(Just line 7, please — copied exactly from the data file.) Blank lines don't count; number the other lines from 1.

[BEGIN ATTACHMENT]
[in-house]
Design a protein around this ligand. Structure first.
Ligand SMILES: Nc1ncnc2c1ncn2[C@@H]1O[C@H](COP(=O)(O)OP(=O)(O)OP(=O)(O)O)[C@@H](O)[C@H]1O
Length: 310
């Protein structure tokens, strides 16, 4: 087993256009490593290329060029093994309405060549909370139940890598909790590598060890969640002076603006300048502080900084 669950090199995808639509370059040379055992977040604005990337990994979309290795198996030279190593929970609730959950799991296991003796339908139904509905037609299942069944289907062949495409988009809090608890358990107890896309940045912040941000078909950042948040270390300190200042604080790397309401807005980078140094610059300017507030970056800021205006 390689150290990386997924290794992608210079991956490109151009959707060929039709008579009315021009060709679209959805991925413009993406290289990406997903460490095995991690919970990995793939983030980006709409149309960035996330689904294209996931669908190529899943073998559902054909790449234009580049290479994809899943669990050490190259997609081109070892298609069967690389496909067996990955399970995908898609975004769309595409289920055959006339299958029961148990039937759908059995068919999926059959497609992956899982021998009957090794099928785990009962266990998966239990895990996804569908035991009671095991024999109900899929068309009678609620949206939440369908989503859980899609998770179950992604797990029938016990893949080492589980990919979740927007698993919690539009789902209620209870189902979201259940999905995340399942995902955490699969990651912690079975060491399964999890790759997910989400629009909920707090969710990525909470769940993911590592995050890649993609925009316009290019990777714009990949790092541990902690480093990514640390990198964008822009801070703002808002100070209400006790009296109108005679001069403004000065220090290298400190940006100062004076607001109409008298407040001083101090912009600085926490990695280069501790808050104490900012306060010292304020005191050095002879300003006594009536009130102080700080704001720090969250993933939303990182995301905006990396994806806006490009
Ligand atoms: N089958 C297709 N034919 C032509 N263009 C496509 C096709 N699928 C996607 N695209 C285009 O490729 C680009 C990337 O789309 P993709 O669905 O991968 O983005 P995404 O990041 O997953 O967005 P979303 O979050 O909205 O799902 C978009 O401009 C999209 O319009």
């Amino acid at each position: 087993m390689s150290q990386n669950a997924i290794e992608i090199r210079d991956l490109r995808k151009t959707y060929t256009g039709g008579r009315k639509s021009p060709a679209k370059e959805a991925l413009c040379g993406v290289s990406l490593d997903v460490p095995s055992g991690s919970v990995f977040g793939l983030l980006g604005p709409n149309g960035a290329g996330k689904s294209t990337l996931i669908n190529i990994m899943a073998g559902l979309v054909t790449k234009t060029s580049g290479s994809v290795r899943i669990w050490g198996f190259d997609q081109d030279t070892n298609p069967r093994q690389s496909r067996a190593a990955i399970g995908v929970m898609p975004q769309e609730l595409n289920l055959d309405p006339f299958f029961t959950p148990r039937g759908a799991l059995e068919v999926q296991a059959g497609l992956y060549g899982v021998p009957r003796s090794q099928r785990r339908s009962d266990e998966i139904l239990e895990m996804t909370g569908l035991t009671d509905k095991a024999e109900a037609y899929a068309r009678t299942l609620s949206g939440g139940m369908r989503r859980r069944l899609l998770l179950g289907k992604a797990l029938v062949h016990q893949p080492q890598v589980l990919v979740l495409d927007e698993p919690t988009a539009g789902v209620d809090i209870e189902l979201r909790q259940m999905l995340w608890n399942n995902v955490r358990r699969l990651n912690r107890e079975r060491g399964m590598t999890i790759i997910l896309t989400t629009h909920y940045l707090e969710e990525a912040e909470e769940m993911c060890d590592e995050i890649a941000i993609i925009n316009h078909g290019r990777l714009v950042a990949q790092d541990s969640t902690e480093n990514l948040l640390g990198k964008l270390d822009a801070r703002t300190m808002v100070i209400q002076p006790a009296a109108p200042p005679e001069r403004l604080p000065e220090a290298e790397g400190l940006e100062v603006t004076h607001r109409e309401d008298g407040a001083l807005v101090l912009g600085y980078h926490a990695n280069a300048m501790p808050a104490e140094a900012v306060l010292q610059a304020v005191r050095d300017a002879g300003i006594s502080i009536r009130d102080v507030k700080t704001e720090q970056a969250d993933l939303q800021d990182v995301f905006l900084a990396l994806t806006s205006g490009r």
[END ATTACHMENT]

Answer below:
């Amino acid at each position: 087993m390689s150290q990386n669950a997924i290794e992608i090199r210079d991956l490109r995808k151009t959707y060929t256009g039709g008579r009315k639509s021009p060709a679209k370059e959805a991925l413009c040379g993406v290289s990406l490593d997903v460490p095995s055992g991690s919970v990995f977040g793939l983030l980006g604005p709409n149309g960035a290329g996330k689904s294209t990337l996931i669908n190529i990994m899943a073998g559902l979309v054909t790449k234009t060029s580049g290479s994809v290795r899943i669990w050490g198996f190259d997609q081109d030279t070892n298609p069967r093994q690389s496909r067996a190593a990955i399970g995908v929970m898609p975004q769309e609730l595409n289920l055959d309405p006339f299958f029961t959950p148990r039937g759908a799991l059995e068919v999926q296991a059959g497609l992956y060549g899982v021998p009957r003796s090794q099928r785990r339908s009962d266990e998966i139904l239990e895990m996804t909370g569908l035991t009671d509905k095991a024999e109900a037609y899929a068309r009678t299942l609620s949206g939440g139940m369908r989503r859980r069944l899609l998770l179950g289907k992604a797990l029938v062949h016990q893949p080492q890598v589980l990919v979740l495409d927007e698993p919690t988009a539009g789902v209620d809090i209870e189902l979201r909790q259940m999905l995340w608890n399942n995902v955490r358990r699969l990651n912690r107890e079975r060491g399964m590598t999890i790759i997910l896309t989400t629009h909920y940045l707090e969710e990525a912040e909470e769940m993911c060890d590592e995050i890649a941000i993609i925009n316009h078909g290019r990777l714009v950042a990949q790092d541990s969640t902690e480093n990514l948040l640390g990198k964008l270390d822009a801070r703002t300190m808002v100070i209400q002076p006790a009296a109108p200042p005679e001069r403004l604080p000065e220090a290298e790397g400190l940006e100062v603006t004076h607001r109409e309401d008298g407040a001083l807005v101090l912009g600085y980078h926490a990695n280069a300048m501790p808050a104490e140094a900012v306060l010292q610059a304020v005191r050095d300017a002879g300003i006594s502080i009536r009130d102080v507030k700080t704001e720090q970056a969250d993933l939303q800021d990182v995301f905006l900084a990396l994806t806006s205006g490009r």